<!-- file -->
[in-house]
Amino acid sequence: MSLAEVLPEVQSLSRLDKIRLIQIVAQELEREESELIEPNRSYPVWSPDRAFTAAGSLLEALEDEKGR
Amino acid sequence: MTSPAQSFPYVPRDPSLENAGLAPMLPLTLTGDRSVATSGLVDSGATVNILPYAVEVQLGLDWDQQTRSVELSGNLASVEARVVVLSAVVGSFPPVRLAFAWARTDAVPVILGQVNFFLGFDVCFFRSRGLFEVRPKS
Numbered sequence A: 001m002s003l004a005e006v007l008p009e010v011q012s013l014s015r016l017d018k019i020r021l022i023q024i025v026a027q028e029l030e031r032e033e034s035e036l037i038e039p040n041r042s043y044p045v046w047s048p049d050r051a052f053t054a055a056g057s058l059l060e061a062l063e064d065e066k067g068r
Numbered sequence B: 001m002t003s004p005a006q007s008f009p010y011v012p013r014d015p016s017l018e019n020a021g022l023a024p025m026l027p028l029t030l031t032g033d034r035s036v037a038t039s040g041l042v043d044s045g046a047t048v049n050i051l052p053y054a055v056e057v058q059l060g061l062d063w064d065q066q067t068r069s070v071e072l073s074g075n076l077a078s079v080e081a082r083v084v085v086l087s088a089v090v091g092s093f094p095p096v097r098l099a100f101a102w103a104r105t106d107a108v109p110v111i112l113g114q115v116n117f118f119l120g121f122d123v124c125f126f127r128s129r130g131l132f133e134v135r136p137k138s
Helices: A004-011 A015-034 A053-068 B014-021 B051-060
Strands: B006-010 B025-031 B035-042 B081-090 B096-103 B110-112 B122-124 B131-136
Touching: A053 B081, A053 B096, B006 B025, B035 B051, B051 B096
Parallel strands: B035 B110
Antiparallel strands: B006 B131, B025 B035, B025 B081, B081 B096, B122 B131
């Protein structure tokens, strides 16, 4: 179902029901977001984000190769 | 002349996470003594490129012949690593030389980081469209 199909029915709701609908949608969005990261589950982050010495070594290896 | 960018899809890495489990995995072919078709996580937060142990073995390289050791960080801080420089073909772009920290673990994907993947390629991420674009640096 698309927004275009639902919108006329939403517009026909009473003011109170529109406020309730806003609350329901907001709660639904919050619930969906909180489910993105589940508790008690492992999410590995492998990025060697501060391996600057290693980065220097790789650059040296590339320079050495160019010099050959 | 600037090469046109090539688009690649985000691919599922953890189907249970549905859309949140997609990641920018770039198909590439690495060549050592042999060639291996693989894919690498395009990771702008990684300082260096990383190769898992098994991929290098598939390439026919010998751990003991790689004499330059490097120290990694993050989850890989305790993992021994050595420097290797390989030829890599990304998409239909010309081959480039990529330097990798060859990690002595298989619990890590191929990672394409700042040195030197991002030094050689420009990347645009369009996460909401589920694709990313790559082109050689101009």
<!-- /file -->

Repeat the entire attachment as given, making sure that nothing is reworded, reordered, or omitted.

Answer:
[in-house]
Amino acid sequence: MSLAEVLPEVQSLSRLDKIRLIQIVAQELEREESELIEPNRSYPVWSPDRAFTAAGSLLEALEDEKGR
Amino acid sequence: MTSPAQSFPYVPRDPSLENAGLAPMLPLTLTGDRSVATSGLVDSGATVNILPYAVEVQLGLDWDQQTRSVELSGNLASVEARVVVLSAVVGSFPPVRLAFAWARTDAVPVILGQVNFFLGFDVCFFRSRGLFEVRPKS
Numbered sequence A: 001m002s003l004a005e006v007l008p009e010v011q012s013l014s015r016l017d018k019i020r021l022i023q024i025v026a027q028e029l030e031r032e033e034s035e036l037i038e039p040n041r042s043y044p045v046w047s048p049d050r051a052f053t054a055a056g057s058l059l060e061a062l063e064d065e066k067g068r
Numbered sequence B: 001m002t003s004p005a006q007s008f009p010y011v012p013r014d015p016s017l018e019n020a021g022l023a024p025m026l027p028l029t030l031t032g033d034r035s036v037a038t039s040g041l042v043d044s045g046a047t048v049n050i051l052p053y054a055v056e057v058q059l060g061l062d063w064d065q066q067t068r069s070v071e072l073s074g075n076l077a078s079v080e081a082r083v084v085v086l087s088a089v090v091g092s093f094p095p096v097r098l099a100f101a102w103a104r105t106d107a108v109p110v111i112l113g114q115v116n117f118f119l120g121f122d123v124c125f126f127r128s129r130g131l132f133e134v135r136p137k138s
Helices: A004-011 A015-034 A053-068 B014-021 B051-060
Strands: B006-010 B025-031 B035-042 B081-090 B096-103 B110-112 B122-124 B131-136
Touching: A053 B081, A053 B096, B006 B025, B035 B051, B051 B096
Parallel strands: B035 B110
Antiparallel strands: B006 B131, B025 B035, B025 B081, B081 B096, B122 B131
């Protein structure tokens, strides 16, 4: 179902029901977001984000190769 | 002349996470003594490129012949690593030389980081469209 199909029915709701609908949608969005990261589950982050010495070594290896 | 960018899809890495489990995995072919078709996580937060142990073995390289050791960080801080420089073909772009920290673990994907993947390629991420674009640096 698309927004275009639902919108006329939403517009026909009473003011109170529109406020309730806003609350329901907001709660639904919050619930969906909180489910993105589940508790008690492992999410590995492998990025060697501060391996600057290693980065220097790789650059040296590339320079050495160019010099050959 | 600037090469046109090539688009690649985000691919599922953890189907249970549905859309949140997609990641920018770039198909590439690495060549050592042999060639291996693989894919690498395009990771702008990684300082260096990383190769898992098994991929290098598939390439026919010998751990003991790689004499330059490097120290990694993050989850890989305790993992021994050595420097290797390989030829890599990304998409239909010309081959480039990529330097990798060859990690002595298989619990890590191929990672394409700042040195030197991002030094050689420009990347645009369009996460909401589920694709990313790559082109050689101009």